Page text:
From left to right, Maya Jethani, Marleigh, Kloenna Lindsay-Davis and Jayden Bowers work on their paper rockets with help from Lizzy Coryell of the Oregon Museum of Science and Industry. (KRBD photo by Raegan Miller).

Are they rocket scientists, or third graders? The students in Mrs. Colleen Smith’s class at Houghtaling Elementary were both Friday morning as they designed, built and launched their own paper rockets with staffers from the Oregon Museum of Science and Industry.

Nicole Donovan and Lizzy Coryell have been in Ketchikan all week as part of the museum’s outreach program.  

Coryell told KRBD that these outreach trips were a more regular occurrence, until the pandemic. 

“Getting them interested in things, because I feel like, adults, it can be a lot harder to get started in things when you’re like, ‘I never done that. I don’t think I’m gonna be good at it,'” she said.

Donovan and Coryell spent all week at the school, working on different science projects with students and their families.

They spent an hour guiding a group of students through the process of making paper rockets. KRBD stopped by to watch.

“All right my friends, so, the really important thing with these rockets today: we do not want to cut these dotted lines,” Donovan instructed the class.

Third-graders Maya Jethani, Marleigh, and Kloenna Lindsay-Davis wrap the paper shell of their rockets around PVC pipe, (KRBD photo by Raegan Miller).

Donovan walked the students through decorating their rockets, putting the fins on, and attaching the nose cone.

Markers, scissors and tape cluttered the tables where the students were putting the finishing touches on their rocket’s frame.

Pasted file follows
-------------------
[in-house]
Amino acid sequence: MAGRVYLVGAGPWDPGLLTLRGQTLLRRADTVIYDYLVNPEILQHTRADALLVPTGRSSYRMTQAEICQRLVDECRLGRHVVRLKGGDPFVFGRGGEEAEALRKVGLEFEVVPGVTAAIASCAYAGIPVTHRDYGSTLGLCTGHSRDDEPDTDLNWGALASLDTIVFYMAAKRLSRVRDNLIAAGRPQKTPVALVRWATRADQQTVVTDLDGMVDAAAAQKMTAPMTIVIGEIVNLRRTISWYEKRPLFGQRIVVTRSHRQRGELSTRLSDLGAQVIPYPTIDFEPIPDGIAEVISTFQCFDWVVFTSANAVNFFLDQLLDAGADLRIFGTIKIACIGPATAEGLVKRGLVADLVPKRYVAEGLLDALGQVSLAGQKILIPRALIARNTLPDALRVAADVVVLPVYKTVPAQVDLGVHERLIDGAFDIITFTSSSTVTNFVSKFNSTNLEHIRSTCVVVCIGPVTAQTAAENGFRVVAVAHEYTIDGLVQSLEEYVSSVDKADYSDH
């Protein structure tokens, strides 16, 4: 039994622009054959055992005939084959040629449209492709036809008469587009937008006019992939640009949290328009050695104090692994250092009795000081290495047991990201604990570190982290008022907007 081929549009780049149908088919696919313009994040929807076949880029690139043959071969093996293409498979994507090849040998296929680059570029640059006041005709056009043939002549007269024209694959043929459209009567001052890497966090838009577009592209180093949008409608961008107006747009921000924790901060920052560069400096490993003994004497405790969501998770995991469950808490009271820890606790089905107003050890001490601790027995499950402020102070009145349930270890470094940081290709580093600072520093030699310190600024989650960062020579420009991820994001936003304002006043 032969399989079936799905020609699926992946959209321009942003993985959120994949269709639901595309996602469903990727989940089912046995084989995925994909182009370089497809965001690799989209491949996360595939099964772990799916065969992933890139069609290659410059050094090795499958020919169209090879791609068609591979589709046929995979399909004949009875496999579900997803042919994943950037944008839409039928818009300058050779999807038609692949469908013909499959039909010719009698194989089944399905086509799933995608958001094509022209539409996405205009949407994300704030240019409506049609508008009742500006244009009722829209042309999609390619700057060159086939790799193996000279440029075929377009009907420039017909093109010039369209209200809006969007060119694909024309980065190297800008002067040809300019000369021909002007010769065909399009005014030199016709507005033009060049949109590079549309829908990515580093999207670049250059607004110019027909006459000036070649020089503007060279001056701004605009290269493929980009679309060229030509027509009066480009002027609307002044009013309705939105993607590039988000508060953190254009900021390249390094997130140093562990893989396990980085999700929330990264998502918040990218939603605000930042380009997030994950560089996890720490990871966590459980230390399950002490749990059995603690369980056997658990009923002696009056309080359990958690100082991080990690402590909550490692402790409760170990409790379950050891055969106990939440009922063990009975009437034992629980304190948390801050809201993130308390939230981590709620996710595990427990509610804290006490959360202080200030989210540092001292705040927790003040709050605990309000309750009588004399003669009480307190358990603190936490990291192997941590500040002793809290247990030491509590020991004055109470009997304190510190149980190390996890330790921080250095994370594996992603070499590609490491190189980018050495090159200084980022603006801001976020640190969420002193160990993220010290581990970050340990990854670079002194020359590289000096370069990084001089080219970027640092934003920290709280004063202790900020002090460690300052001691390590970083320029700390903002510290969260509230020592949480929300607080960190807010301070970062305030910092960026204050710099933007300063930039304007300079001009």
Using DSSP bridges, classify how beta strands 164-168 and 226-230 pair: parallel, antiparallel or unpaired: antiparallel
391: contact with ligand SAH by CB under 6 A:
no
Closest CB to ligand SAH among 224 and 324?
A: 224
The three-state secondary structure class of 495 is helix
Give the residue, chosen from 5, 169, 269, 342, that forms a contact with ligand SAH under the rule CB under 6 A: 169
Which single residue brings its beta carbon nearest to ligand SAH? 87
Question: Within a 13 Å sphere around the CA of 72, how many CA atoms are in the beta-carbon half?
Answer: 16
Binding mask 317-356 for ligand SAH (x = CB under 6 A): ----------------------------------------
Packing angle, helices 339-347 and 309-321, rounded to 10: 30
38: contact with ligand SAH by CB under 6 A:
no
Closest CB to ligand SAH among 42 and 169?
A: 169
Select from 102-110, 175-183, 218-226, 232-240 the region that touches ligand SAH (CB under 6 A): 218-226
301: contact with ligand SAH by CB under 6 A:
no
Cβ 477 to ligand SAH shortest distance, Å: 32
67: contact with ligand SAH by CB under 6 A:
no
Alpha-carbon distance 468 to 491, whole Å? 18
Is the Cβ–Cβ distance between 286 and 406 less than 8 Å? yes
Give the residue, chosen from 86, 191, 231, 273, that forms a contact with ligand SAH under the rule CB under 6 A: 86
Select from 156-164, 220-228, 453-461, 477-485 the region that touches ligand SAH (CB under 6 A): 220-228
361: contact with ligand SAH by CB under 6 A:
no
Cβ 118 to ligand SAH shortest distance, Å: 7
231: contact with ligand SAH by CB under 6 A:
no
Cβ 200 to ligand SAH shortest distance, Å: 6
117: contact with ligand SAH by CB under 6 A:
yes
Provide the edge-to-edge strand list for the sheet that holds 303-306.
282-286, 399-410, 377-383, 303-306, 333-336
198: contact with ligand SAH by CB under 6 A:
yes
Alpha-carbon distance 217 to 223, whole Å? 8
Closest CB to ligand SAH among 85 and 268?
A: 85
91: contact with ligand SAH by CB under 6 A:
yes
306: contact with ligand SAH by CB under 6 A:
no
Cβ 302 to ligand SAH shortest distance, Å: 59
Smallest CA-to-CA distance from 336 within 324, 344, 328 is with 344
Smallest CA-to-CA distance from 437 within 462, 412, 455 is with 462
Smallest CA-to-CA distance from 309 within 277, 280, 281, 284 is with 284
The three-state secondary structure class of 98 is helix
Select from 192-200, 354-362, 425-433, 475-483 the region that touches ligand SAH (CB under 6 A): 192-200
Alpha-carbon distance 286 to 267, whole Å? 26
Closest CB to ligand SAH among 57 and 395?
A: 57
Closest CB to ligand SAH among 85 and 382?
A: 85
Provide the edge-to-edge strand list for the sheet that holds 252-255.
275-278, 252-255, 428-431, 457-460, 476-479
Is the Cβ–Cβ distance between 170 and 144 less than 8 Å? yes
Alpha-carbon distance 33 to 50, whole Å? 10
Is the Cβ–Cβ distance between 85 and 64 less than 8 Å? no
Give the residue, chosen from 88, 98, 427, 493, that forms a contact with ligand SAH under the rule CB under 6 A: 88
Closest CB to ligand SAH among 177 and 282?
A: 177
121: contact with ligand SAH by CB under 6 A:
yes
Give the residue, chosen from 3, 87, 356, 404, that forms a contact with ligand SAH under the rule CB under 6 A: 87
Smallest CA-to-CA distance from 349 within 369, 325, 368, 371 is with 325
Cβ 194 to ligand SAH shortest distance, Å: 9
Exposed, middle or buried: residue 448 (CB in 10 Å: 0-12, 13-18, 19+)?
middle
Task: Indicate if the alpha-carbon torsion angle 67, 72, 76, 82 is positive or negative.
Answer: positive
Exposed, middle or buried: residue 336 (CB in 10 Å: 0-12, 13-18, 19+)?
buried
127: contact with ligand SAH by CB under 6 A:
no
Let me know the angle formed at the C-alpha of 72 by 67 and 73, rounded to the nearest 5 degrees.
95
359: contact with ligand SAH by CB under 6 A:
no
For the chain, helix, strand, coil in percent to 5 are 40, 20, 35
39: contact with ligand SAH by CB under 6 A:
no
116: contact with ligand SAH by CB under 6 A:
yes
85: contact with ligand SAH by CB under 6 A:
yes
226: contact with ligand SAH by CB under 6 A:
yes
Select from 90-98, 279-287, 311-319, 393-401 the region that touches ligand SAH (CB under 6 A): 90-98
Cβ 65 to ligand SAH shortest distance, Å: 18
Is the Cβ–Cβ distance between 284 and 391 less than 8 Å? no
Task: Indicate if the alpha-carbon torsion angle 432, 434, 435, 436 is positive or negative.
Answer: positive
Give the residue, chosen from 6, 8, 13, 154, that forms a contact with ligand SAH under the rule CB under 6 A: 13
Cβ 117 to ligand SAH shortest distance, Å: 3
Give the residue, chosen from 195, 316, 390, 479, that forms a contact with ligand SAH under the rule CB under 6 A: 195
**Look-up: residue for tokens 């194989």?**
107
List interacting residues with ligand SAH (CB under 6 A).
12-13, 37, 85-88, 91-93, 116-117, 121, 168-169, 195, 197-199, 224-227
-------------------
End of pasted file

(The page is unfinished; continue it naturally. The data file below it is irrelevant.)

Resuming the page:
It can be difficult to keep young scientists on task, but everyone finished their rockets in about an hour.

It was finally launch time. 

Students react at how far Maya Jethani’s rocket flew down a Houghtaling hallway. From left to right, Marleigh, Liam Garrison, John Holstrom, Scarlett Toole, Jaron Mendoza, Malachi Calvin, Kylie, Maya Jethani, Jayden Bowers and Alysajane Dimayuga. (KRBD photo by Raegan Miller).

Most of the rockets made successful lift-offs, but one or two needed some extra help making it off the launch pad. Shock rippled through the group as one of the scientists explained what went wrong.

Just as with bigger rockets: if at first you don’t succeed, try, try again.

Coryell, from the museum, said that’s the whole reason she’s there.

“I think especially from a young age of building students’ confidence in science, and showing them that they can be successful I think is really important,” she said.

Raegan Miller is a Report for America corps member for KRBD. Your donation to match our RFA grant helps keep her writing stories like this one. Please consider making a tax-deductible contribution at